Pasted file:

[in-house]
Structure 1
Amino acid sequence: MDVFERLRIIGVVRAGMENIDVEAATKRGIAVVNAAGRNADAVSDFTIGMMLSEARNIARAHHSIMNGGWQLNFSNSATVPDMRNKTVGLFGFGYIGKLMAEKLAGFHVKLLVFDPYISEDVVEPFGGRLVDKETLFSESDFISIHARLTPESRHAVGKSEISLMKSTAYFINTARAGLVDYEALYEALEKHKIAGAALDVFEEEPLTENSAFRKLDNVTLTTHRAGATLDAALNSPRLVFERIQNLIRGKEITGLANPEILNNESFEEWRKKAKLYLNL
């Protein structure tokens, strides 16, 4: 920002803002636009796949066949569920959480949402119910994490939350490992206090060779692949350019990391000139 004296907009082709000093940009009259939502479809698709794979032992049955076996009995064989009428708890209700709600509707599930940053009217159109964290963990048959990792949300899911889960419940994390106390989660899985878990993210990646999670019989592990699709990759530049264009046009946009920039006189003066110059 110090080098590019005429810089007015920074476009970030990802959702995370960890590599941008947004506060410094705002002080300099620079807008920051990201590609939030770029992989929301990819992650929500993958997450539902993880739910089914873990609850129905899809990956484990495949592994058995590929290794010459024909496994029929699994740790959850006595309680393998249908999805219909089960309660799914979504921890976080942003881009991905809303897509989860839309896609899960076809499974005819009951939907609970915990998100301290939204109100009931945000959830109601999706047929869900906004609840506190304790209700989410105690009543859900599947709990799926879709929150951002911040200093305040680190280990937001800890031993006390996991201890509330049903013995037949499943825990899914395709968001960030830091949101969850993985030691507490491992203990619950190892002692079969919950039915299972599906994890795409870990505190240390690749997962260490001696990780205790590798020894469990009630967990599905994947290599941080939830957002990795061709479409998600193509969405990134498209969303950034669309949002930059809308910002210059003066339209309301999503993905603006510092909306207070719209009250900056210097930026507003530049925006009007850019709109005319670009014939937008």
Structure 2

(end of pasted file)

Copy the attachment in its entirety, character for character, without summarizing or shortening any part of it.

[in-house]
Structure 1
Amino acid sequence: MDVFERLRIIGVVRAGMENIDVEAATKRGIAVVNAAGRNADAVSDFTIGMMLSEARNIARAHHSIMNGGWQLNFSNSATVPDMRNKTVGLFGFGYIGKLMAEKLAGFHVKLLVFDPYISEDVVEPFGGRLVDKETLFSESDFISIHARLTPESRHAVGKSEISLMKSTAYFINTARAGLVDYEALYEALEKHKIAGAALDVFEEEPLTENSAFRKLDNVTLTTHRAGATLDAALNSPRLVFERIQNLIRGKEITGLANPEILNNESFEEWRKKAKLYLNL
């Protein structure tokens, strides 16, 4: 920002803002636009796949066949569920959480949402119910994490939350490992206090060779692949350019990391000139 004296907009082709000093940009009259939502479809698709794979032992049955076996009995064989009428708890209700709600509707599930940053009217159109964290963990048959990792949300899911889960419940994390106390989660899985878990993210990646999670019989592990699709990759530049264009046009946009920039006189003066110059 110090080098590019005429810089007015920074476009970030990802959702995370960890590599941008947004506060410094705002002080300099620079807008920051990201590609939030770029992989929301990819992650929500993958997450539902993880739910089914873990609850129905899809990956484990495949592994058995590929290794010459024909496994029929699994740790959850006595309680393998249908999805219909089960309660799914979504921890976080942003881009991905809303897509989860839309896609899960076809499974005819009951939907609970915990998100301290939204109100009931945000959830109601999706047929869900906004609840506190304790209700989410105690009543859900599947709990799926879709929150951002911040200093305040680190280990937001800890031993006390996991201890509330049903013995037949499943825990899914395709968001960030830091949101969850993985030691507490491992203990619950190892002692079969919950039915299972599906994890795409870990505190240390690749997962260490001696990780205790590798020894469990009630967990599905994947290599941080939830957002990795061709479409998600193509969405990134498209969303950034669309949002930059809308910002210059003066339209309301999503993905603006510092909306207070719209009250900056210097930026507003530049925006009007850019709109005319670009014939937008």
Structure 2